Energy Shaping Control OF Soft Robots


Research interest in soft robotic manipulators comes from the potential capability of soft manipulators to perform complex tasks in an unstructured environment and safely around humans. Bio-inspiration is often provided by soft-bodied creatures, such as octopuses, that have evolved to solve complex motion control problems like reaching, grasping, fetching, crawling, or swimming. The exceptional coordination abilities of these marine animals have naturally motivated efforts to gain a deeper understanding of the biophysical principles underlying their distributed neuromuscular control.

Figure: The Cosserat rod model.

Research description

We have an ongoing inter-disciplinary project together with biologists and roboticists to better understand the sensorimotor control of an octopus arm.  We refer to the simulation platform as Cyberoctopus.  

Modeling.  The dynamics of a single octopus arm are modeled using the Cosserat theory of elastic rods.  In contrast to typical rigid link models of classical robotics, Cosserat rod models capture, through linear and angular momentum balances, the (one-dimensional) continuum and distributed nature of elastic slender bodies deforming in space. These models account for all modes of deformation – bend, twist, stretch, shear – induced by external and internal forces and couples.

Control.  The control problem is to activate the internal muscles to solve motion control tasks, e.g. reaching and grasping.  In a path-breaking paper, our group provided the first such demonstration of the energy shaping control methodology to solve this control problem (see videos below).  Shading indicates activation of internal muscles (see webpage for additional details on control-oriented modeling of internal muscles).

Video: Reaching and fetching a target.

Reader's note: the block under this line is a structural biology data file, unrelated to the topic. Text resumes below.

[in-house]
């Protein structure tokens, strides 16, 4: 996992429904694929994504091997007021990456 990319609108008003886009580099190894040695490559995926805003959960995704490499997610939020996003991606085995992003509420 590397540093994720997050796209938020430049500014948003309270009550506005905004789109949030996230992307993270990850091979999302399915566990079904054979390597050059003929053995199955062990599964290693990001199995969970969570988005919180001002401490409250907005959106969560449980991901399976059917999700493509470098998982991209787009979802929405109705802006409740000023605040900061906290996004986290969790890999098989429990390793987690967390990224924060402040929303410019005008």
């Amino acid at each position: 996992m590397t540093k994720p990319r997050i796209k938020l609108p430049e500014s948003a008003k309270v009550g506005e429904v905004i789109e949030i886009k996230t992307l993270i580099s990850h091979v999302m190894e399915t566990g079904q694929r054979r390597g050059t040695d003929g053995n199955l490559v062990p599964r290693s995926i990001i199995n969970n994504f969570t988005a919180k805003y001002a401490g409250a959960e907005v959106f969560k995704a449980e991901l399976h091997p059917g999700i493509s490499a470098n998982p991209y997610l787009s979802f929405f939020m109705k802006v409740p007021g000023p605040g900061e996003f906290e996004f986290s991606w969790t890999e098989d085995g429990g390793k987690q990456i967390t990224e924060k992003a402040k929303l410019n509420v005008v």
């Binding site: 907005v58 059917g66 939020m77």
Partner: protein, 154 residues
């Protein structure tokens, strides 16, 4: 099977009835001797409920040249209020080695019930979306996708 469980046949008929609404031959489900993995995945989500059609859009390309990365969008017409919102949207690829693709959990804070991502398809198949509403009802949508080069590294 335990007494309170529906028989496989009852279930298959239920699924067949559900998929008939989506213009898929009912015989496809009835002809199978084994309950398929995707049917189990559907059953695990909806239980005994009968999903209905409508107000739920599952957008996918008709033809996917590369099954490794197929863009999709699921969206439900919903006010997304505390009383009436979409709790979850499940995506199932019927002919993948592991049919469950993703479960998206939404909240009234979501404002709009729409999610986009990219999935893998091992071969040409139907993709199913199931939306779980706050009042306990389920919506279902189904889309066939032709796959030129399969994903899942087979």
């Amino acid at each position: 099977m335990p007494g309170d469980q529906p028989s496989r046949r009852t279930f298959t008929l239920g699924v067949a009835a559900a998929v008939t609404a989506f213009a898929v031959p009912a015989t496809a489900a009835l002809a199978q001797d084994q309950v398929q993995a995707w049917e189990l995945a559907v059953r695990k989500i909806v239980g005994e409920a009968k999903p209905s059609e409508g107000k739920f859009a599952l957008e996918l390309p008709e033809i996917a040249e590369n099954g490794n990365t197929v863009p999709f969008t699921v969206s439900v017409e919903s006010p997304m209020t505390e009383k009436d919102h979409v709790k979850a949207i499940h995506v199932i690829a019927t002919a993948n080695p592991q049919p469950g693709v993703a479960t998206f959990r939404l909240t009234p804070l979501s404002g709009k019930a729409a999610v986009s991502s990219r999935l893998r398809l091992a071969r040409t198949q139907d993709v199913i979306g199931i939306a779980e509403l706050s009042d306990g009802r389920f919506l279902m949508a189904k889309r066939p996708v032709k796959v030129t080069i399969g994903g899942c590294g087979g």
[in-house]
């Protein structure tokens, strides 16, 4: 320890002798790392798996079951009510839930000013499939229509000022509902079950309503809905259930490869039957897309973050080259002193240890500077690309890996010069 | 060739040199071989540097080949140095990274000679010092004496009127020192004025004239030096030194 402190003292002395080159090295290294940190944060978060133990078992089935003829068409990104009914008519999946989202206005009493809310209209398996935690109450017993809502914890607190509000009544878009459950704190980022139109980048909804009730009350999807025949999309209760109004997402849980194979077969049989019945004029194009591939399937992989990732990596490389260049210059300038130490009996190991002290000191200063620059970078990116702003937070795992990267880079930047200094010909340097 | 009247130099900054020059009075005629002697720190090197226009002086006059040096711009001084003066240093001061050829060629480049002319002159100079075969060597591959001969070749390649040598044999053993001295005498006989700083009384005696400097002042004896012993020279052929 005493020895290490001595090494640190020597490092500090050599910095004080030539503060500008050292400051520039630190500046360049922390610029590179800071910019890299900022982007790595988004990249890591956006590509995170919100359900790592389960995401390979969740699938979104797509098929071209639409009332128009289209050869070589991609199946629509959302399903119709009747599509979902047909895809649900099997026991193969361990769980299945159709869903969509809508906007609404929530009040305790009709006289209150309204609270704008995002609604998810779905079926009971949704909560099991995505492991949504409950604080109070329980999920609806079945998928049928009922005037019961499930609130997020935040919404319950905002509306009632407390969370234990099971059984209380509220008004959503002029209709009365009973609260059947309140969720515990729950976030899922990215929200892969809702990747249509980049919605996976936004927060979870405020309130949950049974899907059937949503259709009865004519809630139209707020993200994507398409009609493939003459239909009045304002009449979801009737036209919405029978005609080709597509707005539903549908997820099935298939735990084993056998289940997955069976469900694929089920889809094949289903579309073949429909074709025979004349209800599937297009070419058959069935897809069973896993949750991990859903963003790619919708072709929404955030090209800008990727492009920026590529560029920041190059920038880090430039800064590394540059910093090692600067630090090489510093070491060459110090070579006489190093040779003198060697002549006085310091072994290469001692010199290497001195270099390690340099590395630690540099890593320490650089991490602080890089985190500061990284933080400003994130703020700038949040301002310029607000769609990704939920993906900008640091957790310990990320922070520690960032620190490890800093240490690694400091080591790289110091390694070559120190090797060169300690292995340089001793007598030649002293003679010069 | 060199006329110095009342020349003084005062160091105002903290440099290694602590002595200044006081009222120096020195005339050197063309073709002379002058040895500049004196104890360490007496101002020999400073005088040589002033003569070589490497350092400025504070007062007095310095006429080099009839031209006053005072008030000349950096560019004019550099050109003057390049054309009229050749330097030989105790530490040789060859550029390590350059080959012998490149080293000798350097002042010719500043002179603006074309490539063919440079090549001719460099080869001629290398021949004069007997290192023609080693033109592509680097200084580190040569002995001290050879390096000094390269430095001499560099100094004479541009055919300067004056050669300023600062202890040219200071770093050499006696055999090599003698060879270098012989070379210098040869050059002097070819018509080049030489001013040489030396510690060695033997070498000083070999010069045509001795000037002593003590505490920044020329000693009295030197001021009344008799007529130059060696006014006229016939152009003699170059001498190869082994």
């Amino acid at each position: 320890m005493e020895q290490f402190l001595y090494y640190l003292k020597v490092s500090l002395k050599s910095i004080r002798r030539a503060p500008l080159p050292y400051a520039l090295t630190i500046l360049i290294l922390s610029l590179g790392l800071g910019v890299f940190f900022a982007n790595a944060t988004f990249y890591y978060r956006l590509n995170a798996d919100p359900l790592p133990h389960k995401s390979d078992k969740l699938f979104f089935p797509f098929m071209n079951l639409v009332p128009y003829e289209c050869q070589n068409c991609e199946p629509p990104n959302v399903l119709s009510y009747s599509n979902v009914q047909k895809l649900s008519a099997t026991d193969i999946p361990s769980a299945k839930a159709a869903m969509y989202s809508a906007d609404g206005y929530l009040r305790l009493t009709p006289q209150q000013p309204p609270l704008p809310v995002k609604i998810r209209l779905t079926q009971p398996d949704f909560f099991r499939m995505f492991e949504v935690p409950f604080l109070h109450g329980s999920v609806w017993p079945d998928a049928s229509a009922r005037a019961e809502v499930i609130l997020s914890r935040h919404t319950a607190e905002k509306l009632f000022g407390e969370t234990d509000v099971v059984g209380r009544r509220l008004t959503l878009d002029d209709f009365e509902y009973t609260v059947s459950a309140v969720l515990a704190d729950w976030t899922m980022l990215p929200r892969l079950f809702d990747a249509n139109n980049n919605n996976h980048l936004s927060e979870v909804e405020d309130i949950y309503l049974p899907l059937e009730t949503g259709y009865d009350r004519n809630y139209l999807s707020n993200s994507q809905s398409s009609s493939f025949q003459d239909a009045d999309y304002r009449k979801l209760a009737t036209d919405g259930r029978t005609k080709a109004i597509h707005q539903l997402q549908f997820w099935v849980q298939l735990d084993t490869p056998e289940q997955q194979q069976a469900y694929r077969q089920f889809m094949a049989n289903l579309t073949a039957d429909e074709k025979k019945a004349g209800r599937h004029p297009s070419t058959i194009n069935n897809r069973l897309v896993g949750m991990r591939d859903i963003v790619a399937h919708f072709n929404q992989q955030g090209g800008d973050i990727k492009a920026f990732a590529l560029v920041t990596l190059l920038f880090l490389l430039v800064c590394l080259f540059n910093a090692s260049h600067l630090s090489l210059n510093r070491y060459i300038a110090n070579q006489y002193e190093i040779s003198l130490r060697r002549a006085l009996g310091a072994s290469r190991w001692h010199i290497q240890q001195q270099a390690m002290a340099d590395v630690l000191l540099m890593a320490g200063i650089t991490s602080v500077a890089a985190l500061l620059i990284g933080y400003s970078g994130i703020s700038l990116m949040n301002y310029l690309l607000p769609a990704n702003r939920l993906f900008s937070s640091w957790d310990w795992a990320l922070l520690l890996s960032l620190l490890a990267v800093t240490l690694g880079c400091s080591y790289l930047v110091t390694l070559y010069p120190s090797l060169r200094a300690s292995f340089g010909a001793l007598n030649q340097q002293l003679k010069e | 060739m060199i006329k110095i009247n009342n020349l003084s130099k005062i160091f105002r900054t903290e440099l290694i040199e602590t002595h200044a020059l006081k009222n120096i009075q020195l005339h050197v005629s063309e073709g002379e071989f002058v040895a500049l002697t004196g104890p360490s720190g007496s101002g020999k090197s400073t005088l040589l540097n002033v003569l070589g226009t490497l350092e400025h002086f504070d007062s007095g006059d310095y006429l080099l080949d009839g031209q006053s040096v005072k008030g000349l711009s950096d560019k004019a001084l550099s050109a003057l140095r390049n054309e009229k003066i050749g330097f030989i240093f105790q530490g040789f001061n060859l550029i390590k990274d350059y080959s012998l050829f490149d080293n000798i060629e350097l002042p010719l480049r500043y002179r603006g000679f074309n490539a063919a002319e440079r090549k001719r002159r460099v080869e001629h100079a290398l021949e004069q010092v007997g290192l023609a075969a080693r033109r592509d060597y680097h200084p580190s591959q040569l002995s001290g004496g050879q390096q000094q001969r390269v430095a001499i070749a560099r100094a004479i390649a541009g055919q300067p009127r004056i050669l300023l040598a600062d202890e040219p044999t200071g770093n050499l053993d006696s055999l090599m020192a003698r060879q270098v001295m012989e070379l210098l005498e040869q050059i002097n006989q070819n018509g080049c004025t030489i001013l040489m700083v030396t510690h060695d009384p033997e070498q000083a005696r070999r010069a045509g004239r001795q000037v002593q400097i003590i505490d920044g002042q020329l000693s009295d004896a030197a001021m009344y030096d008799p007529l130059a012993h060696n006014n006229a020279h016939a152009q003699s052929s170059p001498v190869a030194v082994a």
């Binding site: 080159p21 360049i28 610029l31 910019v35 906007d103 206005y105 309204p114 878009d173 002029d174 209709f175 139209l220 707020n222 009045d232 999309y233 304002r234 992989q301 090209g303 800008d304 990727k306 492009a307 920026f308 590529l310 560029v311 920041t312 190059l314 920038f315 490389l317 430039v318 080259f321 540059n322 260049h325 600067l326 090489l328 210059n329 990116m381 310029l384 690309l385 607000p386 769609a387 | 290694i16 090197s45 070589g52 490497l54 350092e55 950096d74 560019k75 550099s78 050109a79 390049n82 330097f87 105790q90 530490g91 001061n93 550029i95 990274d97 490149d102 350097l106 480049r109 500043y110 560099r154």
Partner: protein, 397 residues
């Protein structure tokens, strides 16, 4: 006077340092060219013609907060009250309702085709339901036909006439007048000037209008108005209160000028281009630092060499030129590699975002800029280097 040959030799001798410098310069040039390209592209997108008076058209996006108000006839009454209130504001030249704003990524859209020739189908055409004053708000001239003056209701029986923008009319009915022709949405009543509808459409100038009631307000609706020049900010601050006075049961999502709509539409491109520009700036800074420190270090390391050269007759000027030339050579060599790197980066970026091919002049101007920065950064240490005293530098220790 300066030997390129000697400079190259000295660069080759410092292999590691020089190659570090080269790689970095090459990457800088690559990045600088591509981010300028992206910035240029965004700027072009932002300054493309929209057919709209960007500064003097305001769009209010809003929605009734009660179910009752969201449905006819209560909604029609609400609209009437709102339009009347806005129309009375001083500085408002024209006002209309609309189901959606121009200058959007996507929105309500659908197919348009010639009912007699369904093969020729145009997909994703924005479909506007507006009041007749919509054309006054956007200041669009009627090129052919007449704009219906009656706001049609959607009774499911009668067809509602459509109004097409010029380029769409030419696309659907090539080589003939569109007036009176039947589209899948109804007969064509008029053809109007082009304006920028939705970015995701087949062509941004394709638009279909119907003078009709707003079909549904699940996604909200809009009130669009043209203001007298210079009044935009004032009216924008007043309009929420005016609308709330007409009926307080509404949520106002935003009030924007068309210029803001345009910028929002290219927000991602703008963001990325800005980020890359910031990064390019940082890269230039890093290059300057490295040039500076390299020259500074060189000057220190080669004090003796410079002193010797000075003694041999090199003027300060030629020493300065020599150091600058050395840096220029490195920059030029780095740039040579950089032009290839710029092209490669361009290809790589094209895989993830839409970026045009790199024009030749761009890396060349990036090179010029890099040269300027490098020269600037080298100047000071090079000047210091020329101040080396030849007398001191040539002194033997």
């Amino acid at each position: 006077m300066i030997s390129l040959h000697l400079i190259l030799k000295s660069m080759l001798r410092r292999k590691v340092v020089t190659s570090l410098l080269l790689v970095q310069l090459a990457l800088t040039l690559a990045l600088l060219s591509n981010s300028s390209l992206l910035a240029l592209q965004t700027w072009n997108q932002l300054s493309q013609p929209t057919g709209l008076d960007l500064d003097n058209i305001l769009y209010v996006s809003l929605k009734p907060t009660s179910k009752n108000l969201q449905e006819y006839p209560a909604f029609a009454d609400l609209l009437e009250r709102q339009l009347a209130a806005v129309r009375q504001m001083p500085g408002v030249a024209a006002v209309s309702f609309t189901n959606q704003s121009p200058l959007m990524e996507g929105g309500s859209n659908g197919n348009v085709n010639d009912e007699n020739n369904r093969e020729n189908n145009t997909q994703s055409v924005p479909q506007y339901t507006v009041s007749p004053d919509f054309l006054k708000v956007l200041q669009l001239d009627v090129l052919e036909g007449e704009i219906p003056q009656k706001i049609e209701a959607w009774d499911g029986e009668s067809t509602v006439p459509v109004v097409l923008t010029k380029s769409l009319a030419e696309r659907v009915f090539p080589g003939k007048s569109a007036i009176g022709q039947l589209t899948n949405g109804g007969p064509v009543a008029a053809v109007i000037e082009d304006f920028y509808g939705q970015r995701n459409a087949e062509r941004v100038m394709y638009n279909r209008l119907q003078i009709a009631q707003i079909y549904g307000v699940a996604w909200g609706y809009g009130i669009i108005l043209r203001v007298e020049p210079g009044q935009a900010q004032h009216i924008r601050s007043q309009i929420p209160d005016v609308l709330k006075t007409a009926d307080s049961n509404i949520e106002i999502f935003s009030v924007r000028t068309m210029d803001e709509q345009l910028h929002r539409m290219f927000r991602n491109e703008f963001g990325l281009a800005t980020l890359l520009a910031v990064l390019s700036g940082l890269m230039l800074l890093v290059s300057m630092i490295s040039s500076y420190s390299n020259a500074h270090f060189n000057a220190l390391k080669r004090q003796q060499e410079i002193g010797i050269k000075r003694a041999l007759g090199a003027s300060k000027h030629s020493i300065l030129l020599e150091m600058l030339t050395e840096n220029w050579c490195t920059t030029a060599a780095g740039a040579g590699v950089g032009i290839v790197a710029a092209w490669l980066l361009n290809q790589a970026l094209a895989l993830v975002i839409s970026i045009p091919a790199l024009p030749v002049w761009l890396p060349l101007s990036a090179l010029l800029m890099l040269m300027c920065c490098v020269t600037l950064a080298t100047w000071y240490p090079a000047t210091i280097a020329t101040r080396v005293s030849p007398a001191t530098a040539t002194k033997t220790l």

Video: Grasping an object.

Video: Muscular Octopus Arm Reaching and Grasping in Three Dimensions

This proposed procedure provides three main features. First, it yields a simple yet stable feedback control law that is integratable and implementable with realistic simulation and physical platform. Second, the modified potential energy and the controlled Hamiltonian contains meaningful physical interpretation of the stress-strain relationship. Lastly, it offers a benchmark for other more sophisticated forms of control methodology, including optimal control, reinforcement learning and/or dynamic neural network control. 


Slides from the prelim exam of Heng-Sheng Chang for the Ph.D. program, University of Illinois at Urbana Champaign, 2023

Slides from the talk to Department of Power Mechanical Engineering, National Tsing Hua University, Taiwan, January 5, 2023 (with recording in Mandarin

Slides from the Coordinate Science Laboratory Student Conference, University of Illinois at Urbana Champaign, U.S., February 28, 2020


Chang, H. S., Halder, U., Shih, C. H., Naughton, N., Gazzola, M., and Mehta, P. G., 2023, February. Energy-shaping control of a muscular octopus arm moving in three dimensions. Proceedings of the Royal Society A, 479(2270), 20220593.

Chang, H.S., Halder, U., Tekinalp, A., Gribkova, E., Gazzola, M. and Mehta, P.G., 2021, December. Controlling a CyberOctopus soft arm with muscle-like actuation. In 2021 60th IEEE Conference on Decision and Control (CDC). IEEE.

Chang, H.S., Halder, U., Shih, C.H., Tekinalp, A., Parthasarathy, T., Gribkova, E., Chowdhary, G., Gillette, R., Gazzola, M. and Mehta, P.G., 2020, December. Energy shaping control of a cyberoctopus soft arm. In 2020 59th IEEE Conference on Decision and Control (CDC) (pp. 3913-3920). IEEE.


Financial support from the ONR MURI N00014-19-1-2373, NSF/USDA #2019-67021-28989, and NSF EFRI C3 SoRo #1830881 is gratefully acknowledged.